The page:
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Canada's new government outlines its agenda

December 5, 2015

Canada outlined its legislative agenda for the upcoming parliamentary session under new Prime Minister Justin Trudeau. In addition to new fiscal policies, the government plans to reconcile with its indigenous population.

Justin Trudeau with Cabinet
Image: Reuters/C. Wattie

Governor General David Johnston delivered the so-called "throne speech" in the Senate, presenting the government's legislative agenda while largely echoing the new government's campaign promises.

The new government promised to pursue a fiscal plan "that is responsible, transparent and suited to challenging economic times," including new investment in infrastructure to boost the country's economy.

The throne speech also recapped Trudeau's pledge to cut taxes for middle-income earners and provide a more generous child benefit to those in need. It also outlined a tax hike on the wealthiest 1 percent in the country.

But it wasn't clear whether the Liberals would be able to stick to their campaign pledge to limit budget deficits to 10 billion Canadian dollars ($7.5 billion) per year. Finance Minister Bill Morneau refused to answer questions at a press conference relating to the handling of the budget.

Justin Trudeau
Canada's new prime minister Justin Trudeau had run on a campaign promise to run budget deficits down to 10 billion Canadian dollars annuallyImage: Reuters/J. Young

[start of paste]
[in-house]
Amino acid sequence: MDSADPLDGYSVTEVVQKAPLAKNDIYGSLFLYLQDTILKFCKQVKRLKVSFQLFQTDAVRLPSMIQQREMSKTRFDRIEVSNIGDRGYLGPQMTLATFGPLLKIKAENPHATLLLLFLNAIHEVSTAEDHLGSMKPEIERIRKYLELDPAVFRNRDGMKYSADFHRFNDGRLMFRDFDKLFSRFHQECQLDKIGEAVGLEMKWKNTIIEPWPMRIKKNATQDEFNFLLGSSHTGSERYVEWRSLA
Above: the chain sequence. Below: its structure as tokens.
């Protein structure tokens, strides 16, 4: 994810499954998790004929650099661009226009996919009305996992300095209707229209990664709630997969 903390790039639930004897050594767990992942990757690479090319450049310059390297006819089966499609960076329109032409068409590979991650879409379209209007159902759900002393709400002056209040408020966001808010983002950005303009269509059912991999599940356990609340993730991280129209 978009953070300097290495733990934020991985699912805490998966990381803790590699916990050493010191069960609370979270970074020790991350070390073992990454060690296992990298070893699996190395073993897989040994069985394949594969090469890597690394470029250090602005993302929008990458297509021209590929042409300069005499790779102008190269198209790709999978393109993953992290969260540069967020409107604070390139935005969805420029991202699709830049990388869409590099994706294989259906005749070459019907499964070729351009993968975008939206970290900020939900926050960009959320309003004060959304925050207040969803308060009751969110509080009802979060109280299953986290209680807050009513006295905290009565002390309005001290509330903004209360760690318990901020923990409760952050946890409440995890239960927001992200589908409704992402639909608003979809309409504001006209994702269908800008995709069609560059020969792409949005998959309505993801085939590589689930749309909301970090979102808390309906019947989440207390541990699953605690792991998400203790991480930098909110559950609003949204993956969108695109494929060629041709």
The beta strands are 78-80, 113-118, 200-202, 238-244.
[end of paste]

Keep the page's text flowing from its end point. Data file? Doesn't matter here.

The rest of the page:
The government also announced plans to cut down spending on military personnel, focusing on building a better-equipped but leaner military instead.

As a further shift, the new government said it also intended to replace Canada's voting system before the next election. Under its current system, a candidate that wins a relative (but not necessarily absolute) majority of votes can be elected to the House of Commons in the "first-past-the-post" voting system.

First G7 country to legalize marijuana

The agenda includes plans to review Canada's environmental assessment regulations, restricting ownership of handguns and assault weapons, and legalizing marijuana.

According to a 2014 survey, close to 3 percent of Canada's population of 35 million people regularly smoke marijuana. Prime Minister Trudeau surprised the public after divulging that he had smoked pot at a dinner party with friends since being elected to parliament in 2008.

Trudeau also said publicly that his decision to propose legalizing cannabis was strongly influenced by his late brother Michel facing possession charges for a "tiny amount" of marijuana before his death in an avalanche in 1998.

Reaching out to Canada's indigenous population

Trudeau also said that the Liberals would launch an official inquiry into missing and murdered indigenous women in Canada. According to the federal police, almost 1,200 aboriginal women have been murdered or gone missing since 1952.

Indigenous peoples would also be more involved in reviewing and monitoring development projects relating to natural resource, including a number of designs to build new oil pipelines.

ss/rc (AFP, AP, Reuters)